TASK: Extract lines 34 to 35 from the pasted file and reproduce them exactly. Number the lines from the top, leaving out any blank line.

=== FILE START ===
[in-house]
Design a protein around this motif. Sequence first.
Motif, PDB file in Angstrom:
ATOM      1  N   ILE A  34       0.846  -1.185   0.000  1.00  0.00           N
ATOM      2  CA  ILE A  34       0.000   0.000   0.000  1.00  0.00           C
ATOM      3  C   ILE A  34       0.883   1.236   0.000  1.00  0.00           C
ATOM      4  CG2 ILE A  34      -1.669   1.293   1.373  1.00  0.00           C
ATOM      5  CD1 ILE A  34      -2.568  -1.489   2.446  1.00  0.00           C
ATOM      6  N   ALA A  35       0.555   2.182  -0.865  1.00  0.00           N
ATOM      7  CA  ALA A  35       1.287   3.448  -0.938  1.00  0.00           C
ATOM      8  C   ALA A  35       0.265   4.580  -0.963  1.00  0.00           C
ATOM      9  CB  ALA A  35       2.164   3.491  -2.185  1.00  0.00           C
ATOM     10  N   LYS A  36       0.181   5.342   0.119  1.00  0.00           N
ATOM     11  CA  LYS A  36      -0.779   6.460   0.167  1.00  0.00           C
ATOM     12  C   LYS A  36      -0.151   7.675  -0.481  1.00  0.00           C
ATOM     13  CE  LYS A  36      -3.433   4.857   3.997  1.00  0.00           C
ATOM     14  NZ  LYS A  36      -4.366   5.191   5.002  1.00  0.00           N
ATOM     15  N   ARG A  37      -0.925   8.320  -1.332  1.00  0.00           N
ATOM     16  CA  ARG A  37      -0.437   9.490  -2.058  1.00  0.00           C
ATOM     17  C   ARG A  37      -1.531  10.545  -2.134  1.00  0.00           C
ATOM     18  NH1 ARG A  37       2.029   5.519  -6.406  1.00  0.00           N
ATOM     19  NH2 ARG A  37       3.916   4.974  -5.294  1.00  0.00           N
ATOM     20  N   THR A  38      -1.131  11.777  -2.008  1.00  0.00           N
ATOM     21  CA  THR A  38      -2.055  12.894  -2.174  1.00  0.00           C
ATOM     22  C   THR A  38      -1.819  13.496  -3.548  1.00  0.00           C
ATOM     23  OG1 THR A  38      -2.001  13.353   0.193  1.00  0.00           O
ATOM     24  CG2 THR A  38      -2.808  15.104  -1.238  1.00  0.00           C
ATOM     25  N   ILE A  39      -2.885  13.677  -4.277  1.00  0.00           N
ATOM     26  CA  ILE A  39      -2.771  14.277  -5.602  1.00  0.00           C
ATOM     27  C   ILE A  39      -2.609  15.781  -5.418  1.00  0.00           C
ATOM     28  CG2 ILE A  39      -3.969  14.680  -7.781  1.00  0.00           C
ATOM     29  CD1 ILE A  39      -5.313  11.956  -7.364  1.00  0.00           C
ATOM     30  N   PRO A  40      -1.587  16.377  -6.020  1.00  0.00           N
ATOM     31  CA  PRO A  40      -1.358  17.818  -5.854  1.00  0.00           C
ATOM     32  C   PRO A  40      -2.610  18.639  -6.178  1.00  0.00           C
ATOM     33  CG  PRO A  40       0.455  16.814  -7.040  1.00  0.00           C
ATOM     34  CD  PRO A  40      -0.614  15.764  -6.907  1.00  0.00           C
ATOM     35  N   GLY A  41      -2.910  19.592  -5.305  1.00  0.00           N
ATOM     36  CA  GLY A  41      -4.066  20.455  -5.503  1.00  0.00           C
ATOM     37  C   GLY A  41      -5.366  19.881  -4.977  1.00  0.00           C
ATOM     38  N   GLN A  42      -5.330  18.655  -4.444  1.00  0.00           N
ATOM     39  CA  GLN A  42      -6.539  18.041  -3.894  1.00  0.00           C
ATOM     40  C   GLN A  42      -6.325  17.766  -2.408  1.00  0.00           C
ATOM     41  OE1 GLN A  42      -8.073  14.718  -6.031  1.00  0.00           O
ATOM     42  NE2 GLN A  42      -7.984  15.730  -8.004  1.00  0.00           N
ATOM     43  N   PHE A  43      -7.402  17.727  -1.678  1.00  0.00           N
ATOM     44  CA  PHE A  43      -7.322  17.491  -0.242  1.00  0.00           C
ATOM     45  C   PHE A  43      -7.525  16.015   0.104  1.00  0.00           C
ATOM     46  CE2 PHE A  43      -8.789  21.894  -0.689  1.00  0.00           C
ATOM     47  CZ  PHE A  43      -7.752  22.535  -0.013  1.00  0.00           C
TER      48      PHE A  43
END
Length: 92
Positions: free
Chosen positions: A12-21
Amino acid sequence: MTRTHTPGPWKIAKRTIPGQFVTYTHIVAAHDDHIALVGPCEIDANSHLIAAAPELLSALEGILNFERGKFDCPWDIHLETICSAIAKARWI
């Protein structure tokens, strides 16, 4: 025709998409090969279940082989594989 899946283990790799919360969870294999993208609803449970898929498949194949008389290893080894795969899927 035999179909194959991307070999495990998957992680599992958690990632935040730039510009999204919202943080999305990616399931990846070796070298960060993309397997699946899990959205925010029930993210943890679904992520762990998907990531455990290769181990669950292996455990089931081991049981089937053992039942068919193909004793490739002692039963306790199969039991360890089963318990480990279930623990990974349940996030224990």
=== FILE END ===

ATOM     31  CA  PRO A  40      -1.358  17.818  -5.854  1.00  0.00           C
ATOM     32  C   PRO A  40      -2.610  18.639  -6.178  1.00  0.00           C